BCX Run-time Math Functions

The following functions return double floating point values and expect double floating point values for their arguments. All trigonometric functions use radian values for their arguments. The inverse trigonometric functions return radian values.

To convert a degree value angle to a radian value angle multiply degrees times PI divided by 180.0.

To convert a radian value angle to a degree value angle multiply radians times 180.0 divided by PI.

Example :


 DIM PI#
 DIM DegToRad#
 DIM RadToDeg#
 DIM DegreeAngle#
 DIM RadianAngle#
 DIM SineOfAngle#
 DIM TheAnswer$
 
 PI# = (4.0 * ATN(1.0)) ' 1.0 is radians not degrees.
 
 RadToDeg# = (180.0 / PI#)
 
 DegToRad# = (PI# / 180.0)
 
 DegreeAngle# = 45.0
 
 RadianAngle# = DegreeAngle# * DegToRad#
 
 SineOfAngle# = SIN(RadianAngle#)
 
 SPRINT TheAnswer$, "The sine of 45 degrees is", SineOfAngle#
 
 PRINT TheAnswer$
 
 RadianAngle# = ASIN(SineOfAngle#)
 
 DegreeAngle# = RadianAngle# * RadToDeg# 
 
 SPRINT TheAnswer$, "The degree value of the inverse sine of", SineOfAngle#, " is", DegreeAngle#, " degrees."
 
 PRINT TheAnswer$

Result:


 The sine of 45 degrees is 0.707106781186548
 The degree value of the inverse sine of 0.707106781186548 is 45 degrees.

Trigonometric functions

Trigonometric functions are used to obtain an angle's trigonometric ratio from an angle.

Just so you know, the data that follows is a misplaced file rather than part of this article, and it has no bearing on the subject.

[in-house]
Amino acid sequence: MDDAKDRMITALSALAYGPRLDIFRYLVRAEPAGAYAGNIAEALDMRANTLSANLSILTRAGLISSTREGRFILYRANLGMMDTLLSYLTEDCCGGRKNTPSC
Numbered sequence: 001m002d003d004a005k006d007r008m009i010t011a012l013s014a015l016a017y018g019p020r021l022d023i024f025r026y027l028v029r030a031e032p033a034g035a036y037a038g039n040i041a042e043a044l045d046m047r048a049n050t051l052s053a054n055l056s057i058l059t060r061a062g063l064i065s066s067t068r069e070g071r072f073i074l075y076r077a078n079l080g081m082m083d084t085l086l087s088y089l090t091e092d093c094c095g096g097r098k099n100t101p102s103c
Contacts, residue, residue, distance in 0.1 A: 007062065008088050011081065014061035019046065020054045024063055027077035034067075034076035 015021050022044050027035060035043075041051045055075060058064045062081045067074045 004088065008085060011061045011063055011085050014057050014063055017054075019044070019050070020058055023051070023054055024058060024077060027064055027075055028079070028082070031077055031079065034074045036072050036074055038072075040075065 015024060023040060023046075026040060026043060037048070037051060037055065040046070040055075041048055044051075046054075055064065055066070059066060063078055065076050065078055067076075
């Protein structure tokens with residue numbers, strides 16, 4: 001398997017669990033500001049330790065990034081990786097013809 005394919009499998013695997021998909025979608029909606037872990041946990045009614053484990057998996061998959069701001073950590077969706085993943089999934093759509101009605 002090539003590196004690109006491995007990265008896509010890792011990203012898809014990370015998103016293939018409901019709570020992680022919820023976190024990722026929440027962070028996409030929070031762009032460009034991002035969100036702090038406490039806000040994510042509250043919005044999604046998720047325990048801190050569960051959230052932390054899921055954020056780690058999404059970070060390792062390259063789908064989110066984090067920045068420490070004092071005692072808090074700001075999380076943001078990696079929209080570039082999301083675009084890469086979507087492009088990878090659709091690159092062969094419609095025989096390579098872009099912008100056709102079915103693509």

SIN function

Purpose: SIN returns the sine trigonometric ratio of a radian value angle.

🔗 See Remarks section below for SINL, the long double precision equivalent of SIN.


Syntax:

 SineOfAngle# = SIN(RadianAngle#)

Parameters:

  • RadianAngle# An angle expressed as a double floating point radian value.

Return Value:

  • SineOfAngle# The sine of RadianAngle# expressed as a double floating point value.

Example:


 DIM PI#
 DIM DegToRad#
 DIM DegreeAngle#
 DIM RadianAngle#
 DIM SineOfAngle#
 DIM TheAnswer$
  
 PI# = (4.0 * ATN(1.0)) ' 1.0 is radians not degrees. 

 DegToRad# = (PI# / 180.0)
  
 DegreeAngle# = 36.0
  
 RadianAngle# = DegreeAngle# * DegToRad#
  
 SineOfAngle# = SIN(RadianAngle#)
  
 SPRINT TheAnswer$, "The sine of", STR$(DegreeAngle#), " degrees is", SineOfAngle#
  
 PRINT TheAnswer$
  

Result:


 The sine of 36 degrees is 0.587785252292473

Remarks:

SINL returns, as an LDOUBLE, the sine trigonometric ratio of a radian value angle. Please note the required cast to LDOUBLE as shown in the example below.

Example:


 CONST PI = (4.0 * ATN(1.0))
 CONST TR = (180.0 / PI)
 PRINT SIN(45.0 / TR)
 PRINT SINL((LDOUBLE)45.0 / TR)

Result:


 0.707106781186548
 0.7071067811865475727

COS function

Purpose: COS returns the cosine trigonometric ratio of a radian value angle.

🔗 See Remarks section below for COSL, the long double precision equivalent of COS.


Syntax:

 CosineOfAngle# = COS(RadianAngle#)

Parameters:

  • RadianAngle# An angle expressed as a double floating point radian value.